As I ran out the hill in the sunshine yesterday I met the happy farmer and his dog on the quad bike gathering in the sheep. Even the lazy dog gets to sit in luxury, in a fish box, on the back of the quad, as the happy farmer makes his way over the boggy ground and around, up the back of the steep hill.
He didn’t need a hand with gathering them yesterday at all, the girls were perfect, and followed each other in a big herd meandering down the hill. I think they must have known that it is clipping time. The girls are going for a hair cut, their fleeces will be shorn today by our team of New Zealand clippers that come over to the island every June and July to sheer the sheep. The happy farmer used to clip all of the sheep himself, but it is a back breaking, thankless task. They use electric sheers now, in years gone by the sheep were clipped by hand, I remember old Hughie and Baldie sitting for hours in the sunshine, a sheep at their lap, a pair of clippers in their hand, chatting away as they skilfully removed the sheep’s’ fleece. The sheep positively skip out of the fank after their hot, heavy fleeces have been removed. The fleeces are then packed into sacks and sent away to woollen mills on the mainland.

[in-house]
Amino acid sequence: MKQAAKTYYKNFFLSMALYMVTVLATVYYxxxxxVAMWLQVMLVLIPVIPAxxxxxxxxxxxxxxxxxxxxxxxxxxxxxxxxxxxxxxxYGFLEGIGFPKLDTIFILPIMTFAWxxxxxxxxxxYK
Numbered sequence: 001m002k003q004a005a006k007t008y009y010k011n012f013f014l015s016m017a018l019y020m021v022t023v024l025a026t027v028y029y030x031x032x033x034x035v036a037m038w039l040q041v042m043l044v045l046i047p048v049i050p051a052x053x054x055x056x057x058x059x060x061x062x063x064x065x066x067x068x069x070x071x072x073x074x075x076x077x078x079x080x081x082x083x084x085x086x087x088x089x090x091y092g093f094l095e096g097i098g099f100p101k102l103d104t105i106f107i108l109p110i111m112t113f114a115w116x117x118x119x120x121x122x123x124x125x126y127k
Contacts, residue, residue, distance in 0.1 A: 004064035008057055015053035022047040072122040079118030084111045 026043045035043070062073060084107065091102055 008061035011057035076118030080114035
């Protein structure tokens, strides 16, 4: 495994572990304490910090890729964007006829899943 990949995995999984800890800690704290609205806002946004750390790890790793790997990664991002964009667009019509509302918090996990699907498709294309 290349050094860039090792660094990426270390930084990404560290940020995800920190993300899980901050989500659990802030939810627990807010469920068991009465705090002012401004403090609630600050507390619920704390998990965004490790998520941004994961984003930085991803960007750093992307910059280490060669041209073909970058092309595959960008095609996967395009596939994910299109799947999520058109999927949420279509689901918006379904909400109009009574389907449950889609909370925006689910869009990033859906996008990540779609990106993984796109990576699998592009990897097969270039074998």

The happy farmer was up bright and early this morning, ‘as always,’ he says leaning over my shoulder. He was slightly caught out though when our son answered the phone to Mike, the clipper, and told him dad was still in bed, but could make it to the phone. He will be in for a bit of a ribbing later on!
Farmer T came racing into the kitchen; he had been out the hill checking his cows
‘Quick grab your wellies, I forgot to shut the gate, the sheep are all out over the hill again’
The happy farmer fled from his chair, grabbing those wellies, cursing Farmer T as he went, only for Farmer T to fall about laughing
So coffee was poured instead.
The sheep were out in the far away field for the night. The happy farmer took the children and dog with him this morning to bring the sheep across the farm to the fank in preparation for the clippers arrival. Youngest daughter has just arrived in, her fingers are frozen,
‘Why does daddy always need us to be a sheepdog?’ she asked as she placed her cold hands in mine for warmth. Of course the hot sunshine of yesterday has given way to torrential rain and gusty wind, a problem if it continues as the sheep need to be dry before they can be clipped; with electric sheers it would be dangerous to clip wet fleeces. The weather forecast last night promised it would clear after lunch. The happy farmer is busy making a huge pan of tablet with the children, as a thank you for their help. I am away to make a huge pan of curry to feed the clippers and their helpers as we have our ‘after clipping’ feast this evening. Fingers crossed that rain stops.
Until next time….
The photos are from last year's clipping.